I think only I decide combos for the contest in the practice time on KOG… This is freestyle in a sense, for which I feel more fascination than to make a solid combos. I understand that I can’t win the contest this way…
Is this my style ??? :-)

What for you is an ideal combo?
I call it “compressed trick”. It means tricks which consist of many tricks without interval between a trick and a trick.
It doesn’t mean single barflip to glide but shifting another trick just after barflip to glide…. it’s difficult to express…
Do you remember the movie titled “PANDORA”? I did five switches in the combo in it. 
I did not pump between each trick and trick and link them up only by velocity of start and brakes.
This is my ideal trick. Since it consists of various tricks, it is of big difficulty and becoming different one from trend style.Therefore, condition of the surface, mentality and bike settings are the key. I just call it “compressed trick” at will.
 I’m glad if you understand what I mean. If you watch my movie after understanding what I said, the tricks give you different meanings and become more interesting. I’m sure that compressed tricks are overwhelmingly difficult with both
high risk and high return. I have to make them easy in order to pull them out at contests.

Tell me about your bike set up? Always front brake on the left?
Yes, I put my brake on the left. 
In my opinion, it is suitable for hard tricks. With a brake on the right, it is easy to make flipping switches from
steamroller but difficult to make ones to hitchhiker by braking. Many riders put brakes on the right when bikes were getting lighter and lighter. After it they put brakes off. Now, only few riders put brakes on the left with bikes of 8-9kg, so (I
think) there are big fields to explore. Adding above, I can’t think I make tricks harder than Vikki’s.(haha)
I’m very serious about the settings. Since I’m under 170cm tall like normal Japanese, I need severe settings
 on many aspects. In such a situation, I met “GARUDA” by ARESBIKES, which supports me mainly.
 GARUDA was made with the concept [for Japanese riders to battle in the world] by Hiroya Morizaki, and was what I want. Now I’m riding a prototype called “GARUDA-T”. 
It is a sample frame with a shorter chainstay, which is not on sale. Street frames are popular now, but I’m sure that frames with bent tubes in the coming flatland scene. The lengths of foot are of course different between us and tall riders.
 Small riders feel the toptubes too high, while big riders can easily step them over.
I’m sure that frames with bent tubes will be the center of attention in the future.

Any plans to travel outside of japan?
I have no plan, but I will come to foreign contests for sure!!

Are you excited about the Red Bull Circle of Balance coming back to japan again?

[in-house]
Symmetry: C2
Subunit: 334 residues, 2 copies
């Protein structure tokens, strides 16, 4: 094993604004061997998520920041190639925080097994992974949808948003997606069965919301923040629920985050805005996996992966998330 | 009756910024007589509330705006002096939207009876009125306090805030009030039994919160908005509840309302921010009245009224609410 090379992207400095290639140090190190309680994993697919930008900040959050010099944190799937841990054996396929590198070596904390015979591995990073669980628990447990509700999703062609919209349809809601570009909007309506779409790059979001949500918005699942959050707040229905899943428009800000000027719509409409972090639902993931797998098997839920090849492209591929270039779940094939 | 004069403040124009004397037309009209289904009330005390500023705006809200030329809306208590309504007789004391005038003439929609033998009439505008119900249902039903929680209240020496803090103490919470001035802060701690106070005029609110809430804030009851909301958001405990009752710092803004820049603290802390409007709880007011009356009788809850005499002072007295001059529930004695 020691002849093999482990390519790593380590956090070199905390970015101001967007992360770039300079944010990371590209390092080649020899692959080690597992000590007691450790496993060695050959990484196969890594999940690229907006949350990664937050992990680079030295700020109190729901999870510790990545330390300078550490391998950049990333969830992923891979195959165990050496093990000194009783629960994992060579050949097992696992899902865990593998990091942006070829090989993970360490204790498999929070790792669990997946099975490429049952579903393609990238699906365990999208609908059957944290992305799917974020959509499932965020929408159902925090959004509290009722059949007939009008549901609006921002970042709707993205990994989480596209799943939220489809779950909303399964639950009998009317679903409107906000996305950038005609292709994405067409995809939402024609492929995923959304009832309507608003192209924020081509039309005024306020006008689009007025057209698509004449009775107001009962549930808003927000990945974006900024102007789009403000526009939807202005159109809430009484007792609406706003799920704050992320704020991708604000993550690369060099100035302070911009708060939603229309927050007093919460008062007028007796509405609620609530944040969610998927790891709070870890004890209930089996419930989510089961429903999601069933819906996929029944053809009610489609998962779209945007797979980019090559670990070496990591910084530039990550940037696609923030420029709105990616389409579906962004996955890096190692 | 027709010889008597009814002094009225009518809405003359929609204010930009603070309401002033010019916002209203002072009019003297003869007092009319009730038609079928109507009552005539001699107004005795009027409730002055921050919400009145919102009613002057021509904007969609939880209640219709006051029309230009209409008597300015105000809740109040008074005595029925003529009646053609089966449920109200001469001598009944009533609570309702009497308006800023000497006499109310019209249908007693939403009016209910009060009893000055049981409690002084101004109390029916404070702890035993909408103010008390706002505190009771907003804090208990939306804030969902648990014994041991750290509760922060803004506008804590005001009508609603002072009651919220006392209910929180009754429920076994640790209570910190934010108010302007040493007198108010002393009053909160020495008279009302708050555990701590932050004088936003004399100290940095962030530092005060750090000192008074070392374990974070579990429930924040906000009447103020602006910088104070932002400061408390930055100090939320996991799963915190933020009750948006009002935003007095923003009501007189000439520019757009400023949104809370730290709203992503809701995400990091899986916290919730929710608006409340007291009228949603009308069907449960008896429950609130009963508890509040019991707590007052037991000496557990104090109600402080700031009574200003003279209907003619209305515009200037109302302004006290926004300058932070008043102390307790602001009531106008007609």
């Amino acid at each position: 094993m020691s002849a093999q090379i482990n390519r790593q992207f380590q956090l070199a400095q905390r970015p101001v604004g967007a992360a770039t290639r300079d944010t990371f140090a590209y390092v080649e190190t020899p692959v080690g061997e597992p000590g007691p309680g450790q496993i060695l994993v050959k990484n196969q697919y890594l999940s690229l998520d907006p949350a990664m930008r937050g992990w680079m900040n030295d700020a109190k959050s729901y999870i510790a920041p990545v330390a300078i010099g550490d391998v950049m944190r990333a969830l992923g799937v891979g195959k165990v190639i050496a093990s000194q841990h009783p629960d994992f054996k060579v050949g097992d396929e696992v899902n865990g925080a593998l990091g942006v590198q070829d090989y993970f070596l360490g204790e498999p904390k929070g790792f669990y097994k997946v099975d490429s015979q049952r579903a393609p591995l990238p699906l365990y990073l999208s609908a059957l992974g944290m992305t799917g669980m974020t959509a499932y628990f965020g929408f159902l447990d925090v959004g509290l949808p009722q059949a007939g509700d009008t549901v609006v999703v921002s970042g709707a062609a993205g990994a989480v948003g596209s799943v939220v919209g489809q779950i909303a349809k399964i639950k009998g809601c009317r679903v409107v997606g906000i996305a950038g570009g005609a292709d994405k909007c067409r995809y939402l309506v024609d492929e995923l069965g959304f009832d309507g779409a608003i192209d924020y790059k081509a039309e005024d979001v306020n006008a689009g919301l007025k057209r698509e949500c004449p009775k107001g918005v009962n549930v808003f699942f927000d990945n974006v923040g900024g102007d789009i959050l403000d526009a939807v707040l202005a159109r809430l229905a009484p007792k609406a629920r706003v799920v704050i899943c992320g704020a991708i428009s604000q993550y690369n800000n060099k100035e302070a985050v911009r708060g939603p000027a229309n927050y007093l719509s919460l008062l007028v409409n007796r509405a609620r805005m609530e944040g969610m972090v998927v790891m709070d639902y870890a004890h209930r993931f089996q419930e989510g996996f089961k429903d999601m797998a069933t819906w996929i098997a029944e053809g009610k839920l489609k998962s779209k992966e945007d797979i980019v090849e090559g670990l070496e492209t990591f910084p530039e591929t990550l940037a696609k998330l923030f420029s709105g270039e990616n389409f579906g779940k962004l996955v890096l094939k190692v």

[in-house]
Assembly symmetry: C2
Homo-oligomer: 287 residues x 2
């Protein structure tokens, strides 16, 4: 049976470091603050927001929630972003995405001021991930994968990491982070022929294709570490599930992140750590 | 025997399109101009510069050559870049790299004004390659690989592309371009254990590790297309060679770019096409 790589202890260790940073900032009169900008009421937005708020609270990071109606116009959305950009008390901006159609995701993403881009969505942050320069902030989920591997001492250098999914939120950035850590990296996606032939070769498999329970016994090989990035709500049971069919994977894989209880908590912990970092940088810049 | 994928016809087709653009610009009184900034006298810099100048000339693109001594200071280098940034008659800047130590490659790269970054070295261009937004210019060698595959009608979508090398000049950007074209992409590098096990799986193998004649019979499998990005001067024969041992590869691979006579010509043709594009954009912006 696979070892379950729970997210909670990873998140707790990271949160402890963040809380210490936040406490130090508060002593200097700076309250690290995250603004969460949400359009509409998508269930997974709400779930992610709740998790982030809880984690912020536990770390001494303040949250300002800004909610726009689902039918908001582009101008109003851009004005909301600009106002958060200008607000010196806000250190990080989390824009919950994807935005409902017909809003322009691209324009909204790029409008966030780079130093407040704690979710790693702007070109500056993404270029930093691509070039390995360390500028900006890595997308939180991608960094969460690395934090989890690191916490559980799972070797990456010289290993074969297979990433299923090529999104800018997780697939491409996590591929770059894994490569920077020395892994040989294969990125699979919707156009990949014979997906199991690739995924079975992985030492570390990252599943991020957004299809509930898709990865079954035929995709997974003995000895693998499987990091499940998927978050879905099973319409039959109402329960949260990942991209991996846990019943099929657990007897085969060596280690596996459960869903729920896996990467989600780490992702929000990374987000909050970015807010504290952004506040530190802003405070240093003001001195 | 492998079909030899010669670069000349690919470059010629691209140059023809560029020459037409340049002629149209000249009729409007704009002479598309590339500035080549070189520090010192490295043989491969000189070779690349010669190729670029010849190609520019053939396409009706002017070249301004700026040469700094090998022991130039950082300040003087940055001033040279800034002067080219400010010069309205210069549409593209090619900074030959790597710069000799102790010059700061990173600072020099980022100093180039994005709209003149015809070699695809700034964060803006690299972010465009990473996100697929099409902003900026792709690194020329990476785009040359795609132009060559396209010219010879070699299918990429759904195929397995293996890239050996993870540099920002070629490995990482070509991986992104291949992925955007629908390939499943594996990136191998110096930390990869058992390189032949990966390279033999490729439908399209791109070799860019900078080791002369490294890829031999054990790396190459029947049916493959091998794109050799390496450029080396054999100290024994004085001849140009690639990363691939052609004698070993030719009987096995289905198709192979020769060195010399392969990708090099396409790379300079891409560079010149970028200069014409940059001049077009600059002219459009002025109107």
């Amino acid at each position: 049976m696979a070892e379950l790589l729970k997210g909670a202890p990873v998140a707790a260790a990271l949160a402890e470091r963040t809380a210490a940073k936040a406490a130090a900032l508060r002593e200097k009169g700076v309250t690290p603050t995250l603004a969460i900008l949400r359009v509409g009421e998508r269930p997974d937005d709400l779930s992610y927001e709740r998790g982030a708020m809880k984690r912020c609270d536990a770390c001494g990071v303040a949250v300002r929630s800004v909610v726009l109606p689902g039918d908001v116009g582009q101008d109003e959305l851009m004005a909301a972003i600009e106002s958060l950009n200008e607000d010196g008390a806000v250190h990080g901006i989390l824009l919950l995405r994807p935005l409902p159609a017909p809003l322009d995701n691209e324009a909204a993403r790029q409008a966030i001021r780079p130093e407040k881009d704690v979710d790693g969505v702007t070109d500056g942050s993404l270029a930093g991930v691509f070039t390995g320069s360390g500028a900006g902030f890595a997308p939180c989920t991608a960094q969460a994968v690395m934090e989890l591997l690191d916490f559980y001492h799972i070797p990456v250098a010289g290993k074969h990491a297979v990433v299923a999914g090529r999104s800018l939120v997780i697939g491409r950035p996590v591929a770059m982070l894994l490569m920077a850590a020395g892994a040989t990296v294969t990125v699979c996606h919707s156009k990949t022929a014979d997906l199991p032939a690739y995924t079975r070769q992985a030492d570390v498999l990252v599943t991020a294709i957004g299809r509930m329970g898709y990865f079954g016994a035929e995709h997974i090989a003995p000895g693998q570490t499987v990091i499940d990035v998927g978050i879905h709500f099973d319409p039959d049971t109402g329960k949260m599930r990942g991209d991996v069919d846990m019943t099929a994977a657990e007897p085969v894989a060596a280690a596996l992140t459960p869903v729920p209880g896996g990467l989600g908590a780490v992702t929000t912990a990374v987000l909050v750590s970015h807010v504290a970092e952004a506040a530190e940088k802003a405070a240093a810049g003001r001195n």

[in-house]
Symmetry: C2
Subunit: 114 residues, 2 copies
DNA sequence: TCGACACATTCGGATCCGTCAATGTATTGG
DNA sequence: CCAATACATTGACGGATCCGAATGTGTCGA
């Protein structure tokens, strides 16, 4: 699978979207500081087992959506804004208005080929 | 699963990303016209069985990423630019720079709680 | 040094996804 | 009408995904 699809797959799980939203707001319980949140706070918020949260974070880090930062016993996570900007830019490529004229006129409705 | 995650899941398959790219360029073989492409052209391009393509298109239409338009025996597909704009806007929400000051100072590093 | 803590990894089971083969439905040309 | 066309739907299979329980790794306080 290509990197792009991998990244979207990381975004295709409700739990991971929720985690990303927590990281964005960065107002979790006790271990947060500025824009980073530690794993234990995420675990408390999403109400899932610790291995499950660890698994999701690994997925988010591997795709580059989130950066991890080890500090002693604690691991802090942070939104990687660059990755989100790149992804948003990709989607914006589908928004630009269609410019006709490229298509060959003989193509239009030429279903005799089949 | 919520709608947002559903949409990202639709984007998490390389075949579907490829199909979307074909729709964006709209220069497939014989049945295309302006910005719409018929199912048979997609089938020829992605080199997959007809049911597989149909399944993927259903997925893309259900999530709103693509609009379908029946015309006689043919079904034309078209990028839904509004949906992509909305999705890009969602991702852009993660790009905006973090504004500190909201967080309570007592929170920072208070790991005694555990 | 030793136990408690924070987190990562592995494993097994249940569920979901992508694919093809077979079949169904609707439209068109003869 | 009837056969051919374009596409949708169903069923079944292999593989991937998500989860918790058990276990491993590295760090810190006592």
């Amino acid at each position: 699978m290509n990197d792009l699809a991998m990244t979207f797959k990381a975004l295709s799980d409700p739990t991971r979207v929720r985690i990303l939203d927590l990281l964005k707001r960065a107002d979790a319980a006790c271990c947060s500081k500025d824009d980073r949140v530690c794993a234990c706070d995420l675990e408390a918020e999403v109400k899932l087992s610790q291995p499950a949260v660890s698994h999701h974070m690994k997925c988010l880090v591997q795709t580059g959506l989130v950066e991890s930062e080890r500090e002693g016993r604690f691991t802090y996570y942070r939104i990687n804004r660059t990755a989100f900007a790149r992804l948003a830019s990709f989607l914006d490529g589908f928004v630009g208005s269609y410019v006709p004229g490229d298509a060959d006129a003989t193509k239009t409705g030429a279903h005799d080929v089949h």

Yes, I’m eager for circle of balance to take place in Japan. Japanese flatland scene is progressing. Unknown young riders are appearing and pro riders are also evolving not 
to be beaten by them. I think that Japan will play the key role in the coming flatland scene.


If you could talk to other countries about how to make flatland grow in their country what would your advice be?
We can watch movies of contests and tricks just after on YouTube and so on.
It’s very useful. This is very good, but on the other hand, many riders don’t dare to participate in contests because they can understand how skilled they are. Now we can make friends without seeing each other on Facebook.
I want many riders to know that they can feel much more things at real contests than from the movies. It is important, and I have to say it to myself, to come to many contests.

Do you have any advice for beginner flatland riders reading this?
Flatland has infinite possibility. I’m not very good at sports. I don’t think that I have more stamina and muscle than others.
Nevertheless, I have continued to practice to control bike as I want. Be delighted if you make tricks. Shout out if you can’t ride well. Always spend time with BMX head-on. I can do, so you can. Enjoy to your heart’s content!!

Any final words to close the interview?
First of all, thank you for featuring me, Effraim.
 And I also appreciate you posting my videos.
Anyway, I love BMX and have ridden it for ten years. 
I work normally now and ride for 2-3 hours after my work.
I don’t ride for contests, but concentrate only on make my skill up after
I left KOG. 
I don’t mean this is the goal but will come back to the contest scene. 
I want to go abroad, for example, to US, besides domestic.
I want to ride with more riders from overseas.
I will participate in KOG again. 
I am I thankful to KOG. 
It is always my goal.


Thank you Keisuke! Its been a pleasure catching up with you!